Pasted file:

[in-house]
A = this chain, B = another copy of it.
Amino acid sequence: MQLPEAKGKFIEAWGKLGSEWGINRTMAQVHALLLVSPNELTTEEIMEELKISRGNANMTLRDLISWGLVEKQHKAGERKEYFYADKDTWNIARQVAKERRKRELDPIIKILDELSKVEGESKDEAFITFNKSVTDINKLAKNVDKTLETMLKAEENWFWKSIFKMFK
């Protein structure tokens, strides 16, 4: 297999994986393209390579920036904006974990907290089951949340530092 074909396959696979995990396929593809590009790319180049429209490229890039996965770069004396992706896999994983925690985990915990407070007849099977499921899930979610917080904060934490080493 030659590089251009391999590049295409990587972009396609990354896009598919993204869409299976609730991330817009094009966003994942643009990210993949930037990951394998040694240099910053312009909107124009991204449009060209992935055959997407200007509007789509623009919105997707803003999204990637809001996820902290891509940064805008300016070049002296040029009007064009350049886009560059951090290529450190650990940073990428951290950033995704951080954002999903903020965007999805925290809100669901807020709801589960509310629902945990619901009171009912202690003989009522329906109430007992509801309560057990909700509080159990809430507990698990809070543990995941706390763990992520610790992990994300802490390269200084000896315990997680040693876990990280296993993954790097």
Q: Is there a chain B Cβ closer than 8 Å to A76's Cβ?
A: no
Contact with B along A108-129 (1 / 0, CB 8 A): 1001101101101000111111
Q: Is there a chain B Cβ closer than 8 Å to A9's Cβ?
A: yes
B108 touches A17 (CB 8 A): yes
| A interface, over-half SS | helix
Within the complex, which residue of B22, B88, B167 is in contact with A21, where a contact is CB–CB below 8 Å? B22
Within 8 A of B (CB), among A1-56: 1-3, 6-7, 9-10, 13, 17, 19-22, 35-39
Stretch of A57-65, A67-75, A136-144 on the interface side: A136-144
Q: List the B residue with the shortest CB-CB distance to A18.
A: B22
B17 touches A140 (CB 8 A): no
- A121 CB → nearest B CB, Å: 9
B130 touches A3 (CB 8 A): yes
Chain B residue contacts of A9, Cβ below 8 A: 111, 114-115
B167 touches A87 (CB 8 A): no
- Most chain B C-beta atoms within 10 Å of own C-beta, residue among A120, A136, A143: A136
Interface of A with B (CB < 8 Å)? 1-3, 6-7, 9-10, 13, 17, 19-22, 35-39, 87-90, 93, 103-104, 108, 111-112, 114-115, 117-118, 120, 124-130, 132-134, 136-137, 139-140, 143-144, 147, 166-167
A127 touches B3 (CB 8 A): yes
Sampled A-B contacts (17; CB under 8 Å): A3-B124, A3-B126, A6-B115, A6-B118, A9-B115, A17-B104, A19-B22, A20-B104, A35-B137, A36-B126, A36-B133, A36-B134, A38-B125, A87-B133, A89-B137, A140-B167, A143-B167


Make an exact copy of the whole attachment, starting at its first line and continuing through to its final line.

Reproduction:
[in-house]
A = this chain, B = another copy of it.
Amino acid sequence: MQLPEAKGKFIEAWGKLGSEWGINRTMAQVHALLLVSPNELTTEEIMEELKISRGNANMTLRDLISWGLVEKQHKAGERKEYFYADKDTWNIARQVAKERRKRELDPIIKILDELSKVEGESKDEAFITFNKSVTDINKLAKNVDKTLETMLKAEENWFWKSIFKMFK
């Protein structure tokens, strides 16, 4: 297999994986393209390579920036904006974990907290089951949340530092 074909396959696979995990396929593809590009790319180049429209490229890039996965770069004396992706896999994983925690985990915990407070007849099977499921899930979610917080904060934490080493 030659590089251009391999590049295409990587972009396609990354896009598919993204869409299976609730991330817009094009966003994942643009990210993949930037990951394998040694240099910053312009909107124009991204449009060209992935055959997407200007509007789509623009919105997707803003999204990637809001996820902290891509940064805008300016070049002296040029009007064009350049886009560059951090290529450190650990940073990428951290950033995704951080954002999903903020965007999805925290809100669901807020709801589960509310629902945990619901009171009912202690003989009522329906109430007992509801309560057990909700509080159990809430507990698990809070543990995941706390763990992520610790992990994300802490390269200084000896315990997680040693876990990280296993993954790097």
Q: Is there a chain B Cβ closer than 8 Å to A76's Cβ?
A: no
Contact with B along A108-129 (1 / 0, CB 8 A): 1001101101101000111111
Q: Is there a chain B Cβ closer than 8 Å to A9's Cβ?
A: yes
B108 touches A17 (CB 8 A): yes
| A interface, over-half SS | helix
Within the complex, which residue of B22, B88, B167 is in contact with A21, where a contact is CB–CB below 8 Å? B22
Within 8 A of B (CB), among A1-56: 1-3, 6-7, 9-10, 13, 17, 19-22, 35-39
Stretch of A57-65, A67-75, A136-144 on the interface side: A136-144
Q: List the B residue with the shortest CB-CB distance to A18.
A: B22
B17 touches A140 (CB 8 A): no
- A121 CB → nearest B CB, Å: 9
B130 touches A3 (CB 8 A): yes
Chain B residue contacts of A9, Cβ below 8 A: 111, 114-115
B167 touches A87 (CB 8 A): no
- Most chain B C-beta atoms within 10 Å of own C-beta, residue among A120, A136, A143: A136
Interface of A with B (CB < 8 Å)? 1-3, 6-7, 9-10, 13, 17, 19-22, 35-39, 87-90, 93, 103-104, 108, 111-112, 114-115, 117-118, 120, 124-130, 132-134, 136-137, 139-140, 143-144, 147, 166-167
A127 touches B3 (CB 8 A): yes
Sampled A-B contacts (17; CB under 8 Å): A3-B124, A3-B126, A6-B115, A6-B118, A9-B115, A17-B104, A19-B22, A20-B104, A35-B137, A36-B126, A36-B133, A36-B134, A38-B125, A87-B133, A89-B137, A140-B167, A143-B167